In fact, Java does provide a way to accomplish this, using casting. This technique casts an object into the mold of a subclass, so that you can then invoke the desired method on it. To tell the computer to cast an object, you enclose the name of the class to which it should be casted in parentheses before the variable name. For example, we will replace the line shape.setColor(cur); with the following instead.

GOval ball = (GOvalshape// the cast is on the right side of '='

With each shape then, the cast will force shape into being treated as a GOval. Our program can assign this into a GOval variable such as ball, and then we can apply setFillColor to this GOval variable.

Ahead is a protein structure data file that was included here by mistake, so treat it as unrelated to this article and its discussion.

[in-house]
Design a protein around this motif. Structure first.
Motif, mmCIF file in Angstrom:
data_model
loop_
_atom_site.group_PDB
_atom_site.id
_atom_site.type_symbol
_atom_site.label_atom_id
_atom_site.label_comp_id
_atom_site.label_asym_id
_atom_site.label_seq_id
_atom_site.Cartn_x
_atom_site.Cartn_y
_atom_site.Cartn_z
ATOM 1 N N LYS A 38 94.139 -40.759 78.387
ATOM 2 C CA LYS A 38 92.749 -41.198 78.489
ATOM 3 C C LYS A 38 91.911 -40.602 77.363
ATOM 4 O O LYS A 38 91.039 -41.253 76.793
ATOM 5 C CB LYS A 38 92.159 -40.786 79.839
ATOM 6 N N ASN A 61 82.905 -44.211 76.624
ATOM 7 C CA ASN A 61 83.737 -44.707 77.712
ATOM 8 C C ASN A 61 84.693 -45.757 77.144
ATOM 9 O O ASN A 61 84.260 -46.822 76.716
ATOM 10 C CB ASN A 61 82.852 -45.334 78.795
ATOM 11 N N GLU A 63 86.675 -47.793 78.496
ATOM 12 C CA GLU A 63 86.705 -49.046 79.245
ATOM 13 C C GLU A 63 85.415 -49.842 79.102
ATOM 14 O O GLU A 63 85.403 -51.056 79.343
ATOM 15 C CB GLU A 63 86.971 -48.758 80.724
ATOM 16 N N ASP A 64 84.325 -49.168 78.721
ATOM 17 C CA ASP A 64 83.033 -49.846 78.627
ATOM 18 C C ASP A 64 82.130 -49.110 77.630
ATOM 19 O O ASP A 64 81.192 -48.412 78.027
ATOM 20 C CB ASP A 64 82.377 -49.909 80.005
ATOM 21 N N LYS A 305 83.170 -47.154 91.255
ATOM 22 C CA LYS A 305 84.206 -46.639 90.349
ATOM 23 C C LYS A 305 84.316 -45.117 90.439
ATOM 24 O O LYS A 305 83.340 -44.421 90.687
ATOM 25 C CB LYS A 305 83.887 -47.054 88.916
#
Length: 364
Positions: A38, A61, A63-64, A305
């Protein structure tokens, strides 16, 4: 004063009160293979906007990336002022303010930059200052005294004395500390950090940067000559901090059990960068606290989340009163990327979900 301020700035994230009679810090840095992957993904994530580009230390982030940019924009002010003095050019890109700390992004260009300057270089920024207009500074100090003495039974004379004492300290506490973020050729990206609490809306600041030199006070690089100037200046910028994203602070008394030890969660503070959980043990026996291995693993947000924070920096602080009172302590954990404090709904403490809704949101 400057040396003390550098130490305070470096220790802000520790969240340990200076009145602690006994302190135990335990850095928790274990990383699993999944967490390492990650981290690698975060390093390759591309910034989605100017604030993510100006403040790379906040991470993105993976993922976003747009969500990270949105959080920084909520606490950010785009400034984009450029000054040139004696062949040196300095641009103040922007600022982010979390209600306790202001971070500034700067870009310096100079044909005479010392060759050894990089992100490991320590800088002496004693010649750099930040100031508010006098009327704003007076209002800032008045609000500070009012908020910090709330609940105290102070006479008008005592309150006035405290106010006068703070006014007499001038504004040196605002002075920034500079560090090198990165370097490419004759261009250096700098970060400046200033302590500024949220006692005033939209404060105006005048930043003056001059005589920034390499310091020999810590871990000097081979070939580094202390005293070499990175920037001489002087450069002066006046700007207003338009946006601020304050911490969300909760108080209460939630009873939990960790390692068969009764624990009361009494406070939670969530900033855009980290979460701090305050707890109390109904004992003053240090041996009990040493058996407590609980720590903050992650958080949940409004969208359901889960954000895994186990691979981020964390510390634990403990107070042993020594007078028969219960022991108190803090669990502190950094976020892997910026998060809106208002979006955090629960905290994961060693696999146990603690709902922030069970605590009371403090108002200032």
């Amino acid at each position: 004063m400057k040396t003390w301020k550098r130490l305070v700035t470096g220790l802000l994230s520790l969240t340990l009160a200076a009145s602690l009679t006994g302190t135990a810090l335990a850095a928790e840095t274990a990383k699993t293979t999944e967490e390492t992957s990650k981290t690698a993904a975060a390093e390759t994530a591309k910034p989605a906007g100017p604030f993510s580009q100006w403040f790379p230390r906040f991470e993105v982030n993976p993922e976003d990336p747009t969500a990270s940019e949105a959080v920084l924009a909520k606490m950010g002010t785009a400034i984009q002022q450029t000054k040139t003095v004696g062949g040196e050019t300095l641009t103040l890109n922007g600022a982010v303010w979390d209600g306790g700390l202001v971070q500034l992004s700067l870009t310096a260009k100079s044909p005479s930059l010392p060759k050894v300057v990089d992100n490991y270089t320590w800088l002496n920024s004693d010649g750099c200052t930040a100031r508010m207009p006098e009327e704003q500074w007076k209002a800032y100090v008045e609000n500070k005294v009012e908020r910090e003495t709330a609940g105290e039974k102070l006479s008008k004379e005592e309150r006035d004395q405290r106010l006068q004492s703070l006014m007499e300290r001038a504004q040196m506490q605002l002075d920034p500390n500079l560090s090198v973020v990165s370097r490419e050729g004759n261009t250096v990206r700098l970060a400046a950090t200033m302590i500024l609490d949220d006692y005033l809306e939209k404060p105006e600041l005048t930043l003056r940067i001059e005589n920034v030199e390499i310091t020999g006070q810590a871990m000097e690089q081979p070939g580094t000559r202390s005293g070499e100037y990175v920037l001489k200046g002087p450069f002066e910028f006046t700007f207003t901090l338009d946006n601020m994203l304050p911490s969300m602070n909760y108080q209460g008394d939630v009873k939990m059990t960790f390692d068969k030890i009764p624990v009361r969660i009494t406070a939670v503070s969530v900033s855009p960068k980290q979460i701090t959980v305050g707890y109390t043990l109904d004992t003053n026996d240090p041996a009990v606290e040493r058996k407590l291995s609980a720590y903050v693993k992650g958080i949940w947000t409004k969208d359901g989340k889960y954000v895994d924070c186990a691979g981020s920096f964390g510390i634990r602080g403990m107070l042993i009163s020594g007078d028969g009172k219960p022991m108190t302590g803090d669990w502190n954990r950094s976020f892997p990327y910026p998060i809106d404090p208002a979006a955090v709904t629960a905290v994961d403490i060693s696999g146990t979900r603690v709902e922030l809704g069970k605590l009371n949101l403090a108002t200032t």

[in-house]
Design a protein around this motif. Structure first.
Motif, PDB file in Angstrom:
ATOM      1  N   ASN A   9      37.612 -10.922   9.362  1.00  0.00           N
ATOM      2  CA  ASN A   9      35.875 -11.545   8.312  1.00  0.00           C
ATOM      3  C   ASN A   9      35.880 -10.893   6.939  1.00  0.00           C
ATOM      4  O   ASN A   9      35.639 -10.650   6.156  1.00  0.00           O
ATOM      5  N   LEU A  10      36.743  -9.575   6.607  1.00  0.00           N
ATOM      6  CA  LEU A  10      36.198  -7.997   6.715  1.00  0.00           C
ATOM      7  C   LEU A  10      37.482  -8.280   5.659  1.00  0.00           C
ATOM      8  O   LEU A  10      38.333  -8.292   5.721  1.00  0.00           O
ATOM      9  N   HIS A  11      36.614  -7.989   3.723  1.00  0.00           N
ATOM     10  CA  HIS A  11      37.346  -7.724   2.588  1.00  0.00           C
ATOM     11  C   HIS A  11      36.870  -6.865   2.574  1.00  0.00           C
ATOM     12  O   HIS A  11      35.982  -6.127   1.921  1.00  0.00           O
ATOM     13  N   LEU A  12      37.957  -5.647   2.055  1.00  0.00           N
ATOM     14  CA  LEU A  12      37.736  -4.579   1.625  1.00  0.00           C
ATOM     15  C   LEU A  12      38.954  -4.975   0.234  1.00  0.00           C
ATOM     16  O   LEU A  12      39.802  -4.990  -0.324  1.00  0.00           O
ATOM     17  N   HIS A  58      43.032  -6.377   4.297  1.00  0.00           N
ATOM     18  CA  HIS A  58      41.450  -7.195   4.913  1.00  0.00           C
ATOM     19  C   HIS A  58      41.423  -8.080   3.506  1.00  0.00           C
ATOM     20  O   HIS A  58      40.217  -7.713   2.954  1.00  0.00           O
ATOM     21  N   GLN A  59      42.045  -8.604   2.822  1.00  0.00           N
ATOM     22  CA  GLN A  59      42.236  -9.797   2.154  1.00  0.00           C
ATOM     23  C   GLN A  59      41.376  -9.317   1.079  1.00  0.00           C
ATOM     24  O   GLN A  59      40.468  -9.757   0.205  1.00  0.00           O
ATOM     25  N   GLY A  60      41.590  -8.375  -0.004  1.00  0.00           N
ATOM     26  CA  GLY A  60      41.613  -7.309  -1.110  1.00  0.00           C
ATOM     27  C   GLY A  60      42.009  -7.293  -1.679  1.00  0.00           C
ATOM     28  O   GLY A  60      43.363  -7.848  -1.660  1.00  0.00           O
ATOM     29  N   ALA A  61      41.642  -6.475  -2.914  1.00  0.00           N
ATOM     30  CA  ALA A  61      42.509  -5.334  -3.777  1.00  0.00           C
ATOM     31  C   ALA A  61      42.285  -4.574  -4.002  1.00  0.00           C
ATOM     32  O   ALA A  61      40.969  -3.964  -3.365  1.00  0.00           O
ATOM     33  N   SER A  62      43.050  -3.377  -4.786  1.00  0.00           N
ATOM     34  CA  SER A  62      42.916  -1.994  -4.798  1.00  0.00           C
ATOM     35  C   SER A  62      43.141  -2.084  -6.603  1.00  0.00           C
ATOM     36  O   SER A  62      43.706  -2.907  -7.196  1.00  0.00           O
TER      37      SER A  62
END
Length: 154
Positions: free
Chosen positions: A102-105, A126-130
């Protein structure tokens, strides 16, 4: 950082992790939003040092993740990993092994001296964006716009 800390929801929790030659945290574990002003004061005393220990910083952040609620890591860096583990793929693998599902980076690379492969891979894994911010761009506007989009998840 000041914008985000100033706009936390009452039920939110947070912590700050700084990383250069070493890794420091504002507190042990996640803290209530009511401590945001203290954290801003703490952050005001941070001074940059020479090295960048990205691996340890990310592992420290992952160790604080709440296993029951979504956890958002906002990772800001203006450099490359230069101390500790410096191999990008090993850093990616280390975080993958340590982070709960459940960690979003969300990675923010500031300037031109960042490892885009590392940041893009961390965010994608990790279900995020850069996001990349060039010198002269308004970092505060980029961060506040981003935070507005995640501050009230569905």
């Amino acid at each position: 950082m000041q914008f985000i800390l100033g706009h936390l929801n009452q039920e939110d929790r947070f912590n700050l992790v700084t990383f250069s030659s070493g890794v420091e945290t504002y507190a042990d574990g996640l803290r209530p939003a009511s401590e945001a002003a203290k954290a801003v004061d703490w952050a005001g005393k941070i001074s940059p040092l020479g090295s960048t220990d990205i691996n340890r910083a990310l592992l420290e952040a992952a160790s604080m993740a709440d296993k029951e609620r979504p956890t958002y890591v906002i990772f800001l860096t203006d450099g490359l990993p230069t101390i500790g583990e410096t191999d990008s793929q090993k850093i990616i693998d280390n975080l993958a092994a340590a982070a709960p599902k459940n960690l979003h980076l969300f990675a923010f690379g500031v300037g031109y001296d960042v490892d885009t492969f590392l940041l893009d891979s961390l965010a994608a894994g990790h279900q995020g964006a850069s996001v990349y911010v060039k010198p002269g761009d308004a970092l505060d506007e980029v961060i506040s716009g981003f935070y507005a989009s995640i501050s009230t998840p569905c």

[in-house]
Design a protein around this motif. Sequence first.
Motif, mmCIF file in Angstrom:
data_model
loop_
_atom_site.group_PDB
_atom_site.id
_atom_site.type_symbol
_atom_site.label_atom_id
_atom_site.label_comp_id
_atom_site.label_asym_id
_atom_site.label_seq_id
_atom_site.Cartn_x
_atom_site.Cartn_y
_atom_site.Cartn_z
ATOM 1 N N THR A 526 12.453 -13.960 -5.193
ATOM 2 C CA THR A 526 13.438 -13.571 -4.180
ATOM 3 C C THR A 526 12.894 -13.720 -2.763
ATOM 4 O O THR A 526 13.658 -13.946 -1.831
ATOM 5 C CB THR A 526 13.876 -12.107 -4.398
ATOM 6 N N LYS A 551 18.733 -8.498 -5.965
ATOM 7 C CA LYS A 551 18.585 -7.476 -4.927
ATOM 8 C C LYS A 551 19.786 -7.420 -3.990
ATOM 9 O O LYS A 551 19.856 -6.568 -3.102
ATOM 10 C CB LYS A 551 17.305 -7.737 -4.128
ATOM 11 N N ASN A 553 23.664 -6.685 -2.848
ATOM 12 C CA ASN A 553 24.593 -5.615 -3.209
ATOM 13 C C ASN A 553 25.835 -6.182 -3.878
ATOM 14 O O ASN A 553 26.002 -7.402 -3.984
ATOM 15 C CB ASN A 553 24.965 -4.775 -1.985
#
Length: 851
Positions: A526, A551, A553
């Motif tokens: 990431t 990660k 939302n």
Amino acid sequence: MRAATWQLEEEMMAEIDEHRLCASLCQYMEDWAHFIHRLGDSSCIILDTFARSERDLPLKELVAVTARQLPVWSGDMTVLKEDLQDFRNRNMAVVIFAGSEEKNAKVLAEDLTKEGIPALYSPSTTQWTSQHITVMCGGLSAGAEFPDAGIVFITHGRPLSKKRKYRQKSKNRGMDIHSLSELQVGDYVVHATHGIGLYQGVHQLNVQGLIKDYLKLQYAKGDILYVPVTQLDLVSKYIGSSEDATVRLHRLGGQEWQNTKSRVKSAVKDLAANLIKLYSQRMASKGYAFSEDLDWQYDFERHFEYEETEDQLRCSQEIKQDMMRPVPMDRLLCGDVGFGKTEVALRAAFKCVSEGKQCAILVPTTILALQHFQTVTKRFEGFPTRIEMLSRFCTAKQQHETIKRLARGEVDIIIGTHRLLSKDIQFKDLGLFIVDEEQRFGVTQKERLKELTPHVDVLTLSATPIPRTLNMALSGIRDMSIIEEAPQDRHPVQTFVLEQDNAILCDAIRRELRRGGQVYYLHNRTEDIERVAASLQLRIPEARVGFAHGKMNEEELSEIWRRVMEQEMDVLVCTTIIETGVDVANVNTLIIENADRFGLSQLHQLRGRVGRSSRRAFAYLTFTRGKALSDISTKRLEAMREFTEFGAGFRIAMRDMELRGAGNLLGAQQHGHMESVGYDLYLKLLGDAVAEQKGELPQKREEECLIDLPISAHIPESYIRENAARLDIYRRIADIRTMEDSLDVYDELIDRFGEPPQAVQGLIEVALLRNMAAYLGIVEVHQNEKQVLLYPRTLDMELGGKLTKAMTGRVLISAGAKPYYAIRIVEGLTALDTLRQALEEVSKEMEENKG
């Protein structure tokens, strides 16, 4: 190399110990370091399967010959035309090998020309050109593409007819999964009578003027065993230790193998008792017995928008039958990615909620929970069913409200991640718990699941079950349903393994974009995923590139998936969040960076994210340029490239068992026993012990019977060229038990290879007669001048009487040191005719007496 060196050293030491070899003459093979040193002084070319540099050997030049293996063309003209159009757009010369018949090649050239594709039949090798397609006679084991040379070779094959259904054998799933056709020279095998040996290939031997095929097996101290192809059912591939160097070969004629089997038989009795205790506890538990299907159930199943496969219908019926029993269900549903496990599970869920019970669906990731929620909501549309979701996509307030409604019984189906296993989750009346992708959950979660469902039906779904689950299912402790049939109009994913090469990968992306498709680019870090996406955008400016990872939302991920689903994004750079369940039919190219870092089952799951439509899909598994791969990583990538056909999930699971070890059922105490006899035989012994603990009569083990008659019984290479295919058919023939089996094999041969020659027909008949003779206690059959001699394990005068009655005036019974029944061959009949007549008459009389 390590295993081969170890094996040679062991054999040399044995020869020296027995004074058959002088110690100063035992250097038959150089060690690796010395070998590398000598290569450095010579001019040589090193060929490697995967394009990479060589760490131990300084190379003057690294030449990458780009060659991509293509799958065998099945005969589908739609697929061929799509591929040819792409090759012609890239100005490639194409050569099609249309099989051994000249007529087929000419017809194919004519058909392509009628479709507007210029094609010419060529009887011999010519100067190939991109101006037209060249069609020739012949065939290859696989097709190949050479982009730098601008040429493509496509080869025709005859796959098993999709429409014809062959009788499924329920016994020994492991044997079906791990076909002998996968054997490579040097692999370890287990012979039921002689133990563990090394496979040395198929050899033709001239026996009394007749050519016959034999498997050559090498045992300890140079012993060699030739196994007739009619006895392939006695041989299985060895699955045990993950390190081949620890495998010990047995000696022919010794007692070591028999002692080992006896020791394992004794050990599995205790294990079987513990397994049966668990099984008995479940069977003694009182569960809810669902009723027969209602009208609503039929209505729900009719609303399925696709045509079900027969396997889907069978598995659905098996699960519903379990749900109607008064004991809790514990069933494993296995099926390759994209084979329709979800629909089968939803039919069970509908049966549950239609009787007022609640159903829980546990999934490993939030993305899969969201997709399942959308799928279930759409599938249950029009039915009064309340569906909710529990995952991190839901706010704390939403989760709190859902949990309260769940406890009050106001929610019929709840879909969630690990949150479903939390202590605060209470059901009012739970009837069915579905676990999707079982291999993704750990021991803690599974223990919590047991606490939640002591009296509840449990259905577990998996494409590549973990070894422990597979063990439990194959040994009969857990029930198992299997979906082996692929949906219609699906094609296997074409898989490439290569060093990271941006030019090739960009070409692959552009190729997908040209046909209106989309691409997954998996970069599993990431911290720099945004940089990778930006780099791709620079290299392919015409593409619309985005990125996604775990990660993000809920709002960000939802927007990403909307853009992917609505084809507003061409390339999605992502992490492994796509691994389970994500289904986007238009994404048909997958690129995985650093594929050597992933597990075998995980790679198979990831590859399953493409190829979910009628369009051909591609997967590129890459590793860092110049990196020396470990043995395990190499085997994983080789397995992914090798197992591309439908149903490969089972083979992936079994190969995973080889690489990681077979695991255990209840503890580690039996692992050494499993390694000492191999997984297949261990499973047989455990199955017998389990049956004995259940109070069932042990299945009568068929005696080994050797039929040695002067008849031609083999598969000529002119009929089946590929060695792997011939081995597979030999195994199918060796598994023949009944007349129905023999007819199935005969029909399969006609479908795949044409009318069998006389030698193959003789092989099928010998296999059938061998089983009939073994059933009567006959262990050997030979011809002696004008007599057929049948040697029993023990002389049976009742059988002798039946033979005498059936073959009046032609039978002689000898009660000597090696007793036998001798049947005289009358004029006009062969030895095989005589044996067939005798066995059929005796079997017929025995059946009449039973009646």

In fact, since the ball variable is used only once, we can combine the lines together. However, casting is a lower order of precedence than the period operator (the method application operator), just as addition is a lower order of precedence than multiplication in the order of operations. Thus, if we combine the lines, we'll need to enclose the cast in an extra set of parentheses.


If wrote (GOvalshape.setFillColor(cur);, omitting the parentheses, then the compiler would interpret this as if we had written (GOval) (shape.setFillColor(cur));. That is, the compiler would think we mean for the computer to invoke setFillColor on shape first and then to cast whatever setFillColor returns into a GOval object. The compiler will reject the line, because shape, as a GObject, does not provide a setFillColor method.